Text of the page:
The Chinese yuan, also known as the renminbi, is already convertible under the current account - the broadest measure of trade in goods and services. However, the capital account, which covers portfolio investment and borrowing, is still closely managed by Beijing because of worries about abrupt capital flows.
Yuan rise puts heat on Hong Kong dollar peg
With the rising use of the yuan in trade and investment, debate about the Hong Kong dollar's 30-year-old peg to the US dollar is intensifying.
The debate was further fuelled earlier this month when the Bank for International Settlements said that dealing in the mainland currency had reached the equivalent of US$118 billion a day, accounting for 2.2 per cent of the global foreign-exchange market and exceeding the Hong Kong dollar's 1.4 per cent share. That came just three years after Beijing relaxed rules and allowed the yuan to trade in Hong Kong.
Might Hong Kong choose to peg its dollar to the yuan one day? Economists say that's not impossible, but only when the US dollar loses its status as the unrivalled international reserve currency to the yuan - which would take many, many years to achieve.
"The Hong Kong dollar should not be pegged to the renminbi as long as the renminbi is not fully convertible - for example, until China has abolished all capital controls, external and domestic," said Invesco chief economist John Greenwood, known as the "father of the Hong Kong-US dollar peg".
"In my view this will take many years to achieve because one of the essential preconditions for external convertibility is full domestic capital market liberalisation, which itself will take many years to achieve. Don't underestimate how long this would take."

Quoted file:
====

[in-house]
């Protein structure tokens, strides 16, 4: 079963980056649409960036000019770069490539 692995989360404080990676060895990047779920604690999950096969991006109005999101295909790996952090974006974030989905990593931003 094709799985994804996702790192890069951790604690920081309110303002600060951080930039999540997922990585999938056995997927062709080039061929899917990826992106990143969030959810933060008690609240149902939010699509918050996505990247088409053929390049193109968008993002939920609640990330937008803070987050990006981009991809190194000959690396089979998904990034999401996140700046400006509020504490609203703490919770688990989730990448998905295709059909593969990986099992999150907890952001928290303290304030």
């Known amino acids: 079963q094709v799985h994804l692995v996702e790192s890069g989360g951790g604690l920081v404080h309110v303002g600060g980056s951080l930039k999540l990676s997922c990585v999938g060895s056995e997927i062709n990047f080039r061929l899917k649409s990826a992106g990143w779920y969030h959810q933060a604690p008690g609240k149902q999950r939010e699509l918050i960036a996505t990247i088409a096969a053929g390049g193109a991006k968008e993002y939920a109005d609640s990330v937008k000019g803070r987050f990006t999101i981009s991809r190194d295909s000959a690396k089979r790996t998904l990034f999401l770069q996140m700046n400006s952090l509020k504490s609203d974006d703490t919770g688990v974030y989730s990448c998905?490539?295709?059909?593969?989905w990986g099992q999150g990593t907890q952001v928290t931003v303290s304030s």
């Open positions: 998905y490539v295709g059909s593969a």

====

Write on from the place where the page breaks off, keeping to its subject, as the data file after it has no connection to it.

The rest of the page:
The Hong Kong dollar has been pegged to the US dollar since October 1983, after a monetary crisis triggered a 15 per cent slump in the local currency in one and a half working days. It has been fixed ever since at a rate of around 7.8 to the US dollar. The peg served the special administrative region well during the Asian financial crisis in the late 90s, the severe acute respiratory syndrome outbreak in 2003 and the collapse of investment bank Lehman Brothers in 2008.
However, a number of big names have called in recent years for the peg to be reviewed and consideration given to linking the currency to the yuan instead. They have included the former head of the Hong Kong Monetary Authority, Joseph Yam Chi-kwong, and, most recently, HSBC's Asia-Pacific chief executive Peter Wong Tung-shun.
Wong told a forum in Hong Kong this month that the Hong Kong dollar's international impact would be reduced once the yuan became a global currency and the government should reconsider changing its currency peg system.
Yam challenged the current system in an essay last year.
"No doubt the LERS [Linked Exchange Rate System] has, for almost 30 years of its existence, been a pillar of stability for Hong Kong. But, realistically there are costs involved," Yam wrote.
"There is little or no scope to … control the price or supply of base money to achieve … low inflation, low unemployment and stable and sustainable economic growth."
Some have blamed the dollar peg for Hong Kong's surging property prices amid quantitative easing in the United States. But Greenwood said Hong Kong regulators had protected Hong Kong by limiting leverage, such as by tightening loan-to-value ratios for mortgages, so that when interest rates increased, Hongkongers would be less vulnerable than if they had been accumulating excessive debt.
Meanwhile, a slew of numbers has kept market watchers excited about the yuan's future. It now accounts for 15 per cent of the mainland's global trade and is in the top 10 of world payment currencies. But in reality, economists said, the yuan is still far from being a global currency.
The yuan's market share in global payments is less than 1 per cent, despite a surge in recent usage, according to Swift data. It is not even a member of the Special Drawing Rights basket of the International Monetary Fund.
The basket now uses four key international currencies: the US dollar, euro, British pound and Japanese yen to supplement member countries' official reserves and bolster liquidity.
More importantly, with limited freedom in its interest and exchange rate regimes, the mainland has a highly restricted capital account system, limiting capital flow in and out.
"If China succeeded in abolishing interest rate and other controls in the domestic money and credit markets, then China could proceed to full external convertibility," Greenwood said.